Esther Mujawayo-Keiner knows what trauma feels like. She lost most of her family in the 1994 genocide. Now she works in Germany as a trauma therapist for African refugees. Marie Sina met her in the city of Düsseldorf.
Esther Mujawayo-Keiner lost her husband, sister, parents, aunts and uncles in the 1994 Rwandan genocide. She and her three daughters survived almost through a miracle. She was on maternity leave when all of her Tutsi colleagues were murdered during a meeting. And in the night that her family’s hideout was discovered, the women were spared.
The genocide claimed the lives of some 800,000 Tutsis and moderate Hutus. When it was over, Esther felt as though she was going insane. She was no longer sleeping or eating and her memory was failing her.
Together with other female survivors, she founded AVEGA, a widows' association. "By creating AVEGA, we gave our lives new meaning. We learned to cry together and we learned to laugh again," Esther explained. The women realized that what they were feeling was not insanity but trauma. With this realization, their healing process began.
"Our motto was to become alive, alive again. And, slowly, slowly, we did." As Esther regained the ground under her feet, she decided to take a sabbatical year and train as a psychotherapist in the United Kingdom. She wanted to help other trauma survivors become alive again.
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Putting horrific memories in the bin
In 1999 Esther moved to Germany with her daughters and her second husband. Since 2001, she has worked as a trauma therapist for African refugees at the Psychosocial Center for Refugees in Düsseldorf.
"When refugees come to me first, they are in a very bad condition. The traumata make it hard for them to even remember to find [the way] back to the center. Sometimes they do not come back for months because they have completely lost their concentration."
More than 400 refugees seek help at the center every year. Most of her patients are suffering from memories of their war-torn home countries, and from the dangerous journeys they had to make to get to Germany.
"I am currently working with one family who arrived in Europe by sea. Their children witnessed people falling off the overcrowded boat. Some passengers died on the journey, so the children were surrounded by dead bodies for days on end. Now, one of the little girls is haunted by nightmares of the boat ride. I gave her pen and paper during our first session and she drew a boat filled with dead bodies," Esther said, adding that she provides her patients with a place to empty their heads, to leave all their horrific memories in her dust bin.
The importance of community
Esther Mujawayo-Keiner in Vienna at the Women's World Awards 2009, where she received the World Social Award
For Esther, her children's survival was what saved her. Her three daughters gave her a reason to continue and to rebuild their lives together. She sees the same sort of resilience in many of the female refugees at the center.
"Even though they have lost everything, they still keep their role as a mother, as the caretaker of the household. The women still have a strong sense of purpose, which makes it easier for them to start their lives here."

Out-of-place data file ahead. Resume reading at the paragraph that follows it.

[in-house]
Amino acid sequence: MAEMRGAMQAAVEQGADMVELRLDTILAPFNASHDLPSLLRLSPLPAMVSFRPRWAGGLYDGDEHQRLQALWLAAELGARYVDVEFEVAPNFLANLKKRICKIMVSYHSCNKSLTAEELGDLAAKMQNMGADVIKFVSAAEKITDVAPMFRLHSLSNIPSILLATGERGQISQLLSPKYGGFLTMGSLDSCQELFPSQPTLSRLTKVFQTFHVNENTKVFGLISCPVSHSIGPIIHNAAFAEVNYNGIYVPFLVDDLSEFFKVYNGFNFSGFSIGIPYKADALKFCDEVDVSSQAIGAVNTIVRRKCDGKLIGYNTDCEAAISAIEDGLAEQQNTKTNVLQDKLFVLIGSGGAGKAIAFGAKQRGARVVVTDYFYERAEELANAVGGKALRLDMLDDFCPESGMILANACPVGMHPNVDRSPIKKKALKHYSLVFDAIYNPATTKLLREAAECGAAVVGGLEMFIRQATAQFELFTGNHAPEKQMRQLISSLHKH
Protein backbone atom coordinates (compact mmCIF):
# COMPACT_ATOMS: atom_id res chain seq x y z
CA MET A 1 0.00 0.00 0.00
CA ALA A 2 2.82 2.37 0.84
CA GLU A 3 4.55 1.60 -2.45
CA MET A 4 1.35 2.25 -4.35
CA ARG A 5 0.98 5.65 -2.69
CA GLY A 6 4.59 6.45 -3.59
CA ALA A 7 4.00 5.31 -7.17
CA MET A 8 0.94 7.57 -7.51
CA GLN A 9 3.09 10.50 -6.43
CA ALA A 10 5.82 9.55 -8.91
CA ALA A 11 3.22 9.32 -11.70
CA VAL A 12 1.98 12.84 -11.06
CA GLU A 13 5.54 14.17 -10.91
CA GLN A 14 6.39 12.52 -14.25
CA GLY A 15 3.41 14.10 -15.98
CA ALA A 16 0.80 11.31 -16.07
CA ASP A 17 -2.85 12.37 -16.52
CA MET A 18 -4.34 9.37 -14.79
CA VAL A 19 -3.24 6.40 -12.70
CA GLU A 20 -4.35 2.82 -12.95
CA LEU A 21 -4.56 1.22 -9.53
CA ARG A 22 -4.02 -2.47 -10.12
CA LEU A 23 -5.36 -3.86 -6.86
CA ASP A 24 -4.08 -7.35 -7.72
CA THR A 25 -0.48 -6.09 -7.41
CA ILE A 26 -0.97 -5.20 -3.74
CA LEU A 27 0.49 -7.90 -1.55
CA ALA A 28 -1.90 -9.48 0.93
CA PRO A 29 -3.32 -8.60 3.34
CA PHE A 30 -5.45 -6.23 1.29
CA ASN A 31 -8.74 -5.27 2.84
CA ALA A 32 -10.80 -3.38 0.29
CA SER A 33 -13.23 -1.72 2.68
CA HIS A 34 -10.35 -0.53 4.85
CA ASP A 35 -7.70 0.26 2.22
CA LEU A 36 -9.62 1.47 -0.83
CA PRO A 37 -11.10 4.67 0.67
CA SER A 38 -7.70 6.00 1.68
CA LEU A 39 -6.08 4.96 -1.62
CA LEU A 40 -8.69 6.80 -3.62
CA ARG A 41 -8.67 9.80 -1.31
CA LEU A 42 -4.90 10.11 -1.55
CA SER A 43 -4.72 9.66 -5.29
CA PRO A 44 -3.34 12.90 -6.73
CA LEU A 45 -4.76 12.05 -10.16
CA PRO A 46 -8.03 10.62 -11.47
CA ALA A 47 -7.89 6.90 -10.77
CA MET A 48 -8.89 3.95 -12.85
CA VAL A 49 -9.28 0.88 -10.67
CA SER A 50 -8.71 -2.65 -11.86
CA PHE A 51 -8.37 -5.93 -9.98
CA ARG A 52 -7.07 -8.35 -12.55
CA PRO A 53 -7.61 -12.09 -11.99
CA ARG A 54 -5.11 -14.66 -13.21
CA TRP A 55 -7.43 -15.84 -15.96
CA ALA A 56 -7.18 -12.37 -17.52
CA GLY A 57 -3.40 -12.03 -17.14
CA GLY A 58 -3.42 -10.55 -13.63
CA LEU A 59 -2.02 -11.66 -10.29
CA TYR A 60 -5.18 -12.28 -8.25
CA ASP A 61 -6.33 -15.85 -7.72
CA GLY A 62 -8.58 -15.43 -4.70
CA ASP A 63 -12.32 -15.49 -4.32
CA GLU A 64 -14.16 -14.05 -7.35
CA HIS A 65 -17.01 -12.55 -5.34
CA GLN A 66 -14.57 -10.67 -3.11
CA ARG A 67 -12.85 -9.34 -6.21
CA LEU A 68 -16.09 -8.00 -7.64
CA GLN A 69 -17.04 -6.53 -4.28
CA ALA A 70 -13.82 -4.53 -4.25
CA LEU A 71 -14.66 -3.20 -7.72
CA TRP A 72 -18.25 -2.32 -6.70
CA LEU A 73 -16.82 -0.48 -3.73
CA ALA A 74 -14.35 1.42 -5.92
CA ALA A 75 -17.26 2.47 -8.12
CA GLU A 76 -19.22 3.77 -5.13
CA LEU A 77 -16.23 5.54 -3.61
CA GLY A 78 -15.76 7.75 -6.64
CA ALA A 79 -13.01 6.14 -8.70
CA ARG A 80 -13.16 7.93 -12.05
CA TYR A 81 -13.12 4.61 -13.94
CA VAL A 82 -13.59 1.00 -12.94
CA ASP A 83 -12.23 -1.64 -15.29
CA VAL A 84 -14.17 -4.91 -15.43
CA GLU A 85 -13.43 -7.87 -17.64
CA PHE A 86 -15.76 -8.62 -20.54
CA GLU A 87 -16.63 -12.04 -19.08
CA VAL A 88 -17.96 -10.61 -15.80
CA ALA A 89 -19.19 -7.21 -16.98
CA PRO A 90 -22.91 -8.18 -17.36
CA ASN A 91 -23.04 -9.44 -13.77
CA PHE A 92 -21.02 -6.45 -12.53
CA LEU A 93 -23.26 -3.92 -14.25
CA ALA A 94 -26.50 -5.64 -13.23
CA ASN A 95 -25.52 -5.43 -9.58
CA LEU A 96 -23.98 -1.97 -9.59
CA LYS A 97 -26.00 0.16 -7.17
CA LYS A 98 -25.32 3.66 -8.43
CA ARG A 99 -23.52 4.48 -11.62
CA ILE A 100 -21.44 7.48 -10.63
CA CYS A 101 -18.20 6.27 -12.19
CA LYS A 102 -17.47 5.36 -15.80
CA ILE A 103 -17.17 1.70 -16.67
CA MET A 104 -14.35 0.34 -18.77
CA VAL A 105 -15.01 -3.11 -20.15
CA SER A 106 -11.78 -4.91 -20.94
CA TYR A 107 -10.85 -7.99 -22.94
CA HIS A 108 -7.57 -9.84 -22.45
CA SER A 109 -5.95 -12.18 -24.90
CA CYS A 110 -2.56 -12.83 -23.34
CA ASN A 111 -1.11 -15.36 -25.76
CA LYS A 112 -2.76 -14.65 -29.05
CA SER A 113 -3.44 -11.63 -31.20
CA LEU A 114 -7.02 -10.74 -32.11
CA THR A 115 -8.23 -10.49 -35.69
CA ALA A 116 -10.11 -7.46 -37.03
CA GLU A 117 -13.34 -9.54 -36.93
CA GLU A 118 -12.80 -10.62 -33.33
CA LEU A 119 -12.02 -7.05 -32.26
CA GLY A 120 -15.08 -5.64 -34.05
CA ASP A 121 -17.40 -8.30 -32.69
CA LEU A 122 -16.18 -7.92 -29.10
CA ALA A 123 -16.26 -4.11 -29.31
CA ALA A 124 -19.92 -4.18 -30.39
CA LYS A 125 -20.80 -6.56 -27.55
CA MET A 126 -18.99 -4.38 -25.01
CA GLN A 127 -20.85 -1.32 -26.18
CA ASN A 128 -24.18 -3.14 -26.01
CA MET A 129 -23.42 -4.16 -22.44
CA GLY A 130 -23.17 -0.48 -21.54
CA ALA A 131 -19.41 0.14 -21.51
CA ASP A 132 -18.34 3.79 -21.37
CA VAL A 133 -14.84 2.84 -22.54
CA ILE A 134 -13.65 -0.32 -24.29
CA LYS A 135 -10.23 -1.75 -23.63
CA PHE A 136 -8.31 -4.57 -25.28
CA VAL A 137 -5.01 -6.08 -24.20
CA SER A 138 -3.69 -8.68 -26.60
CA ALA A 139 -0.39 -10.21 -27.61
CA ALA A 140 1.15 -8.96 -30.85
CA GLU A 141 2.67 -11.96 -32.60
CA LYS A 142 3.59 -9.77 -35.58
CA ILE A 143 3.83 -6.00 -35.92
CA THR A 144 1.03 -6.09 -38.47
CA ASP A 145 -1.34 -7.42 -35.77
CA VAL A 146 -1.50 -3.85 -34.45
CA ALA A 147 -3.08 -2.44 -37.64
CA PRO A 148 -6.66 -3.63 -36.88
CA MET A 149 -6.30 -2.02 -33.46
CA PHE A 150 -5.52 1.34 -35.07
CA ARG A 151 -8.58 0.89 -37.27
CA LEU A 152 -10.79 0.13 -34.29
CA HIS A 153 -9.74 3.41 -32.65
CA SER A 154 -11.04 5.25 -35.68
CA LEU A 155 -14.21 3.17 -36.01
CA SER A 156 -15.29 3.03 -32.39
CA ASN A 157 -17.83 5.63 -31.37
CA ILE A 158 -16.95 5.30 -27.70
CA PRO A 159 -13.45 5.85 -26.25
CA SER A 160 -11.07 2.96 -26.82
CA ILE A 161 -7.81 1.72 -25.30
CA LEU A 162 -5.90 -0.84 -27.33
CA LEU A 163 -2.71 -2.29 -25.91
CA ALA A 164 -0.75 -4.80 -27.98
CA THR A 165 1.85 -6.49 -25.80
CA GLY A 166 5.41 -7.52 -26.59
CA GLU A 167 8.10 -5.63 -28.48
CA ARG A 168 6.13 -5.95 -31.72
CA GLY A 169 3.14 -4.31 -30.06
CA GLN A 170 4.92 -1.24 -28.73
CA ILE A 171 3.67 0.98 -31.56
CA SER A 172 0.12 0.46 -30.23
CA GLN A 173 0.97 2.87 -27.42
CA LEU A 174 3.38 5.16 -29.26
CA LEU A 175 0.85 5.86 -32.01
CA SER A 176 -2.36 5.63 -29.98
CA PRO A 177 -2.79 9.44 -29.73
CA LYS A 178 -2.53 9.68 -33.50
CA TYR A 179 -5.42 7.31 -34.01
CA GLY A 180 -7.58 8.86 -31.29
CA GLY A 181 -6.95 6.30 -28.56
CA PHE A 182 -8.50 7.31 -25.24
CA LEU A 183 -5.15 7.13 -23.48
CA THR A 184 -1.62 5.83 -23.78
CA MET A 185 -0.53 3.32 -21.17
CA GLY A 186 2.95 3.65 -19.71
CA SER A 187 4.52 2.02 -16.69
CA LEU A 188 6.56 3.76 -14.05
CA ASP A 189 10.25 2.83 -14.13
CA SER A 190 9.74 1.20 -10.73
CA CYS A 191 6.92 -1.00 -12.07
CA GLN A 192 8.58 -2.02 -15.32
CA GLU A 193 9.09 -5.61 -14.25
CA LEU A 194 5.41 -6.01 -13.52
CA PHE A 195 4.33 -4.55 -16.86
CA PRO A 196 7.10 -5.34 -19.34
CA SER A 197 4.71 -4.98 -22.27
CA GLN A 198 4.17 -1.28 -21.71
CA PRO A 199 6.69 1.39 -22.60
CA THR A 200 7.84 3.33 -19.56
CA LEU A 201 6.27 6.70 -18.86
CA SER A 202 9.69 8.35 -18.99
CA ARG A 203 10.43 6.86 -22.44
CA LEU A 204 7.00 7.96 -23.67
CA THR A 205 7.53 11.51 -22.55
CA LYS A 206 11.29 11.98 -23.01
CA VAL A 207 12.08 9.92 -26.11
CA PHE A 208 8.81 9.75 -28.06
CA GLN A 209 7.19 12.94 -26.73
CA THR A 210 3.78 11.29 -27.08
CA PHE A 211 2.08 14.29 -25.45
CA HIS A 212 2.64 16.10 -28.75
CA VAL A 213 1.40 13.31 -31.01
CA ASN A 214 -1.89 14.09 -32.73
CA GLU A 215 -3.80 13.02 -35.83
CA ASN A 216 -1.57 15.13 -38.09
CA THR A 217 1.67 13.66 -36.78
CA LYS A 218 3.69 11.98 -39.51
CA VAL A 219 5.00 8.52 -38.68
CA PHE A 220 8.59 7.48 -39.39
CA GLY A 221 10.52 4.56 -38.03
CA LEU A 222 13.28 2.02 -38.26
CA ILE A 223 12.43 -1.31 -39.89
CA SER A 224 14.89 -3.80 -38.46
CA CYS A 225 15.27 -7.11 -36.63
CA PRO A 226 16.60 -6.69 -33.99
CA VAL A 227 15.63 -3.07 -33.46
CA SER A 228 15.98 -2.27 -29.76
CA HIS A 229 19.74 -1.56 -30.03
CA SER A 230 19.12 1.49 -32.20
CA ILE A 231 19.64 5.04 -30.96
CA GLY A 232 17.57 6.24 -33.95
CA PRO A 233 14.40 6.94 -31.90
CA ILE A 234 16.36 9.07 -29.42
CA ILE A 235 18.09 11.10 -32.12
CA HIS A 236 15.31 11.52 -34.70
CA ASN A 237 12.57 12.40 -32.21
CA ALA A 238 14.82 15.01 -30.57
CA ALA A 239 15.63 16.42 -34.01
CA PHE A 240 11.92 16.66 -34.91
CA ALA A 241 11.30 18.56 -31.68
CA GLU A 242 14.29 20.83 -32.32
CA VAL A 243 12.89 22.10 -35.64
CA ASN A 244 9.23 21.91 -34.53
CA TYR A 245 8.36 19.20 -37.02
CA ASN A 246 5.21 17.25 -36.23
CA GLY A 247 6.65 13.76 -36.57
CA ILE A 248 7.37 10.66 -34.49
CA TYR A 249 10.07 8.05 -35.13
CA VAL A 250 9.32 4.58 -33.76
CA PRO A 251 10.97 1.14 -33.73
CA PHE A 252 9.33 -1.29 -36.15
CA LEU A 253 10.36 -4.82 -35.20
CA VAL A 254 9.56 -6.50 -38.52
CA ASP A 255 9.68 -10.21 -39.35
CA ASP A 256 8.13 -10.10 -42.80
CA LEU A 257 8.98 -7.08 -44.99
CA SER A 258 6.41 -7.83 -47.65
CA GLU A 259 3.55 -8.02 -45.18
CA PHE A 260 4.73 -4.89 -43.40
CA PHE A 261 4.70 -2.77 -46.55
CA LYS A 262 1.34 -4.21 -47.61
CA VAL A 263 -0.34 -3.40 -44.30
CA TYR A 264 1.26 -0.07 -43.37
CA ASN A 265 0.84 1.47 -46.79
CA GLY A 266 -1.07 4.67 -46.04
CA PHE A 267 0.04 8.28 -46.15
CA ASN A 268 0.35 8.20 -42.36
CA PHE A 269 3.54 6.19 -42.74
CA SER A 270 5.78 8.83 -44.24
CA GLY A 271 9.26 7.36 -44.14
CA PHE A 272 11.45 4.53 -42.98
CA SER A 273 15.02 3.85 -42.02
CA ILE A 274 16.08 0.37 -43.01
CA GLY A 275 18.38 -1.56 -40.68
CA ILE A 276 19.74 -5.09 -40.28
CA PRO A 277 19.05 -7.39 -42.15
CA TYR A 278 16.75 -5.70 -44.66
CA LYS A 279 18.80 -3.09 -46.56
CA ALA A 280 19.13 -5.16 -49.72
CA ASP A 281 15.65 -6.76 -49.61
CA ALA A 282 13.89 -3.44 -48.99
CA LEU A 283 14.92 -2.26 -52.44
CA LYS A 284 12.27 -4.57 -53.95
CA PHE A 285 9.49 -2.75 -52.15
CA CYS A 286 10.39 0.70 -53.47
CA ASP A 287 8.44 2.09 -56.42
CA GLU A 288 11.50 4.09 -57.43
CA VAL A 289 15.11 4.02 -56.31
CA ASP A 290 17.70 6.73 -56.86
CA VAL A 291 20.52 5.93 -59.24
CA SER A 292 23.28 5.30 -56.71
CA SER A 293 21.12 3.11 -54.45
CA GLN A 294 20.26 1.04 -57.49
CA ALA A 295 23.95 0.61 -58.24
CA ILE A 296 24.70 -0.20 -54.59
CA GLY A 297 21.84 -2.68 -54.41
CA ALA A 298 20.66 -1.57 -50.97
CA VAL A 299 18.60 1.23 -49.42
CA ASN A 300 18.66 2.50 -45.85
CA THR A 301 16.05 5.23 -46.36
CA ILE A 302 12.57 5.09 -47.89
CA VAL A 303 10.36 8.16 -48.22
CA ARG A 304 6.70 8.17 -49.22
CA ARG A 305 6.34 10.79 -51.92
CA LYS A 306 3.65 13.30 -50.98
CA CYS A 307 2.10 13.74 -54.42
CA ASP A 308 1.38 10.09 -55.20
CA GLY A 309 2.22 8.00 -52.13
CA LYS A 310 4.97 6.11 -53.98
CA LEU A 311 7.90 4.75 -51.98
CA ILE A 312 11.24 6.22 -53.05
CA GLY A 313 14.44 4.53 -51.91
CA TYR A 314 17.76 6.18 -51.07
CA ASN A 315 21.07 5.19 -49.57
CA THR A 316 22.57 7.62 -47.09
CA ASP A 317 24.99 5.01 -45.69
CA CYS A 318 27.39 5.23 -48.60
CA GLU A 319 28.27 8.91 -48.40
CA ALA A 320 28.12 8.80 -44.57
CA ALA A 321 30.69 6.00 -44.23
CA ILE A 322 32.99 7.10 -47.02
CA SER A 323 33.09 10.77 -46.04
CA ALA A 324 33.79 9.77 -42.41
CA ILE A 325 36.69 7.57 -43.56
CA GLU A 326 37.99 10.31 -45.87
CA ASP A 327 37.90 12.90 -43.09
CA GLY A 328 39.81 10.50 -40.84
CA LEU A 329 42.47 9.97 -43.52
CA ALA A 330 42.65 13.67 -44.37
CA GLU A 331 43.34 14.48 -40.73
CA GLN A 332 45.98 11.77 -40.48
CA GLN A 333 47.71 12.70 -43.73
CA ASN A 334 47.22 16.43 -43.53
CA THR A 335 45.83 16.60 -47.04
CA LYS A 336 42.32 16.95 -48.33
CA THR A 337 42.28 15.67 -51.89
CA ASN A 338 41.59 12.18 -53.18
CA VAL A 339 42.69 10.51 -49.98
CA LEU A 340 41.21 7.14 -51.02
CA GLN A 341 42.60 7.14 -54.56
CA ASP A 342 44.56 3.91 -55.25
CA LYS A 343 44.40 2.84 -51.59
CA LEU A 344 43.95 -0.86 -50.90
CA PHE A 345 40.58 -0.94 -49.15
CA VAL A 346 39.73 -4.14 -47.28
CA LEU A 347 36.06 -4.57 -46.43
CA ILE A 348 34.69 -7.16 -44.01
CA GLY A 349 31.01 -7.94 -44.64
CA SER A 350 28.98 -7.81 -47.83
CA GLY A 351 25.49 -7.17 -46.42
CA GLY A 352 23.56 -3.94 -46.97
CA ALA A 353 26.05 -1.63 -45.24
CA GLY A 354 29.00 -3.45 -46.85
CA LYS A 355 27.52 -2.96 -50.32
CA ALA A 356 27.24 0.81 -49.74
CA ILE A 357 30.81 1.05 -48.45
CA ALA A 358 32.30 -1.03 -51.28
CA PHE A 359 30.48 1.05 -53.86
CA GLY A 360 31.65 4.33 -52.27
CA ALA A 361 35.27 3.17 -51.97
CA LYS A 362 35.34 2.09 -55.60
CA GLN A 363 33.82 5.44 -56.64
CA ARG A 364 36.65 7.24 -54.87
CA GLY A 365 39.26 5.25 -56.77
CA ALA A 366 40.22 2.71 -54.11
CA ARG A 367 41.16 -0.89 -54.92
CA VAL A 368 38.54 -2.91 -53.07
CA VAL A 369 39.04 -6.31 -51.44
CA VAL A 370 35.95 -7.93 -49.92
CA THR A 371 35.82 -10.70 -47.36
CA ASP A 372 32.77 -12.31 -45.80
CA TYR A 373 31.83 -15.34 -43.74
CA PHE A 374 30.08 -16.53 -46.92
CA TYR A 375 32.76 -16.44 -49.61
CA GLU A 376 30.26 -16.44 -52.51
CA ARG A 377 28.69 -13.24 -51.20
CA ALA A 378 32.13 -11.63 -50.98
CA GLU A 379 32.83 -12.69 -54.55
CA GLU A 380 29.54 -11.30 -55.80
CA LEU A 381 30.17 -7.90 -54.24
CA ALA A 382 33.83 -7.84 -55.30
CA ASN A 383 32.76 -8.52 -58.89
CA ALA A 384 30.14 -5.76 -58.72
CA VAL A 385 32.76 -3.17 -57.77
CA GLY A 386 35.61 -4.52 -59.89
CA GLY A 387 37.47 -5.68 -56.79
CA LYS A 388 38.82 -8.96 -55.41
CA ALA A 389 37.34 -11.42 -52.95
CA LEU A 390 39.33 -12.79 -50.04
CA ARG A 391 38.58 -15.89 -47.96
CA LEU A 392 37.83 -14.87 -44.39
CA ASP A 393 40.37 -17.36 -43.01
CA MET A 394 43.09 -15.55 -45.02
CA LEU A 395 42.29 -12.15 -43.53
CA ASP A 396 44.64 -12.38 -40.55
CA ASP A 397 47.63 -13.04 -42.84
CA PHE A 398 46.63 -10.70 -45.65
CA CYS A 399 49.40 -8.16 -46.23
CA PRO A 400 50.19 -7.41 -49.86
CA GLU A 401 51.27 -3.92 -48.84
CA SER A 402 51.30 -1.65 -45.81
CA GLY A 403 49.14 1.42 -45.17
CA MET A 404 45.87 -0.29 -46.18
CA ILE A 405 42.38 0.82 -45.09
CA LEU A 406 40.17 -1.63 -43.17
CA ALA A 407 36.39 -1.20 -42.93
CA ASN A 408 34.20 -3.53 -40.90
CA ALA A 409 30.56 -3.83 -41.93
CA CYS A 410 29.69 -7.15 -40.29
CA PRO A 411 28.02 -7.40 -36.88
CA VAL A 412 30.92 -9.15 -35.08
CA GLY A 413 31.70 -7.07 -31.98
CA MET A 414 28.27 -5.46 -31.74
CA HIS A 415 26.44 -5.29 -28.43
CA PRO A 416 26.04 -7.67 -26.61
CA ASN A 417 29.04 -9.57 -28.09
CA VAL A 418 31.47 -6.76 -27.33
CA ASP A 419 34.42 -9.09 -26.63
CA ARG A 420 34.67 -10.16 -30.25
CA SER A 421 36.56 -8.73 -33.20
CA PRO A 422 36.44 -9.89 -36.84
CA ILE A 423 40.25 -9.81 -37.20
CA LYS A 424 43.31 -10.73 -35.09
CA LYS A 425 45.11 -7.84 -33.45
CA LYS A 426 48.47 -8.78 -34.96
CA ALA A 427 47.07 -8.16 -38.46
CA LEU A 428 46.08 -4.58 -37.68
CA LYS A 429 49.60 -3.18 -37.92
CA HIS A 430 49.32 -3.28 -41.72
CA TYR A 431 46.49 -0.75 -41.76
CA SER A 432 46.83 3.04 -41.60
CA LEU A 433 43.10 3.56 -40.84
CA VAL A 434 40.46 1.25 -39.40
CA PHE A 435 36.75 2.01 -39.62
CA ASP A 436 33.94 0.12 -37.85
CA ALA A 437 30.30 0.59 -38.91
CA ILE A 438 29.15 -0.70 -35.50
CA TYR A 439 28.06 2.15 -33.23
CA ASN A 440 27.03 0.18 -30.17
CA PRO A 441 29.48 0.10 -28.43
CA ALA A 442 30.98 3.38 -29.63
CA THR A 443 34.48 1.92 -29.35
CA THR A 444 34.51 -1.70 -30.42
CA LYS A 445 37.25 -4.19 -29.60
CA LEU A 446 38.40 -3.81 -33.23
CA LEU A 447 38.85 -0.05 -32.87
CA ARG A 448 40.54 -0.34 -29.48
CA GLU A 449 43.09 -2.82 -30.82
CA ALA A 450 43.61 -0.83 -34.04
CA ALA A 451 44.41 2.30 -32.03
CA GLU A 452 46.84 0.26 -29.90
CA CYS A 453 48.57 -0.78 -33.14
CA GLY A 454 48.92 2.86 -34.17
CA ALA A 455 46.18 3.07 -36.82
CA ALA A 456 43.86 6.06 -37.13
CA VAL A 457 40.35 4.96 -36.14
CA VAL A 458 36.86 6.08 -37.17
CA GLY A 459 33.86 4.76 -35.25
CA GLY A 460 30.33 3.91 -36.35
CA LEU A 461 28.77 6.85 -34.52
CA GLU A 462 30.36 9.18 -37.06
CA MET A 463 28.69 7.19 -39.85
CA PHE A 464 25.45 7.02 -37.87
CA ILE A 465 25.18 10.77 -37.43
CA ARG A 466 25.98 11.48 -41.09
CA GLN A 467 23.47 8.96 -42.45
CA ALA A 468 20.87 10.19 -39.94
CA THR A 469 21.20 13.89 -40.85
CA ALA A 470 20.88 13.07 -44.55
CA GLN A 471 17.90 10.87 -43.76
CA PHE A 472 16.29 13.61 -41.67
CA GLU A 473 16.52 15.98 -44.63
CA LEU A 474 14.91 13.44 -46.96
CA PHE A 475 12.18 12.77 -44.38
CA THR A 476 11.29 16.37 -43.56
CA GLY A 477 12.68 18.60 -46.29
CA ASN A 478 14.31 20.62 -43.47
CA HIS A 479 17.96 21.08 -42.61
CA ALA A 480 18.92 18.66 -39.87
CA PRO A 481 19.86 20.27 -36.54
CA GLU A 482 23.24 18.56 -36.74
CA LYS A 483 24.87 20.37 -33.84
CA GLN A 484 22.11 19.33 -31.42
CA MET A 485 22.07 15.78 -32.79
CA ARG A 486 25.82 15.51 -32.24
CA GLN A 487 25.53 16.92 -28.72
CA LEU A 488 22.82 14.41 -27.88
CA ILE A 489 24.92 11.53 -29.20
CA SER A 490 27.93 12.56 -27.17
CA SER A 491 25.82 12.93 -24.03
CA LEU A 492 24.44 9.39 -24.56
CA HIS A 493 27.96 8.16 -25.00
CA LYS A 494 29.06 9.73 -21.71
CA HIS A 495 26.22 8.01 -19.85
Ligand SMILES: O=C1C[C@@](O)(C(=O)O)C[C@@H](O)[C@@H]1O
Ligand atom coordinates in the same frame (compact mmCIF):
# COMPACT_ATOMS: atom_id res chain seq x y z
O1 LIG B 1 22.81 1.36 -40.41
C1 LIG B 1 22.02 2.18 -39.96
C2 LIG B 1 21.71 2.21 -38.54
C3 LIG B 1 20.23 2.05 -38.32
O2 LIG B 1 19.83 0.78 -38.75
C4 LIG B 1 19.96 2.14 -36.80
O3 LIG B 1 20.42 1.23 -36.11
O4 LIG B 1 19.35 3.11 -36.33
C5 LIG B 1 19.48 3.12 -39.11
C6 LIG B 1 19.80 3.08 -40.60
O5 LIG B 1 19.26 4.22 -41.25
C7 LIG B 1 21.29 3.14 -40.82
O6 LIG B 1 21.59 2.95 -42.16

The empowering impact AVEGA had on her life after the genocide taught Esther the importance of community.
"I encourage the refugee women to go out and meet other refugees. Alone, you are just by yourself, but together you can be strong again," she said.
Uncertainty hinders healing
Two decades after the genocide, Esther sees Rwanda as a shining example of how to recuperate from tragedy.
"From the worst, most terrible experience, we managed to make something good, something beautiful."
Esther describes Rwanda as a mosaic, with people scattered from different groups coming together and working hard to make the country into what it is today. What worries her is that many of her patients do not have the same opportunity to take part in a rebuilding process.
She says that one of the most important aspects in healing is stability. The constant worry of not being granted asylum leaves many trapped in a state of fear.
"When you are constantly thinking you will be deported tomorrow, you cannot integrate, you cannot learn the language, you cannot start to live again," she said.
Growing from trauma
For Esther Mujawayo-Keiner, Rwanda's progress embodies post-traumatic growth. "There is a theory that says you can take your unfortunate history and use it to grow, to be even better."
Post-traumatic growth is something she sees in many of her patients.
"There is a boy who came to me when he was 16 years old. He was dissociating and he was thinking he was mad. He got triggered and panicked just from the sight of a train conductor. The uniform reminded him of the people who killed his family," she recalled.
Today, the former refugee is married, has two children and works at a bank in Düsseldorf. Sometimes, he gives Esther a lift to work in his new car. It is moments like these that convince her that "it is possible to become the man or the woman you used to be again, to become alive again."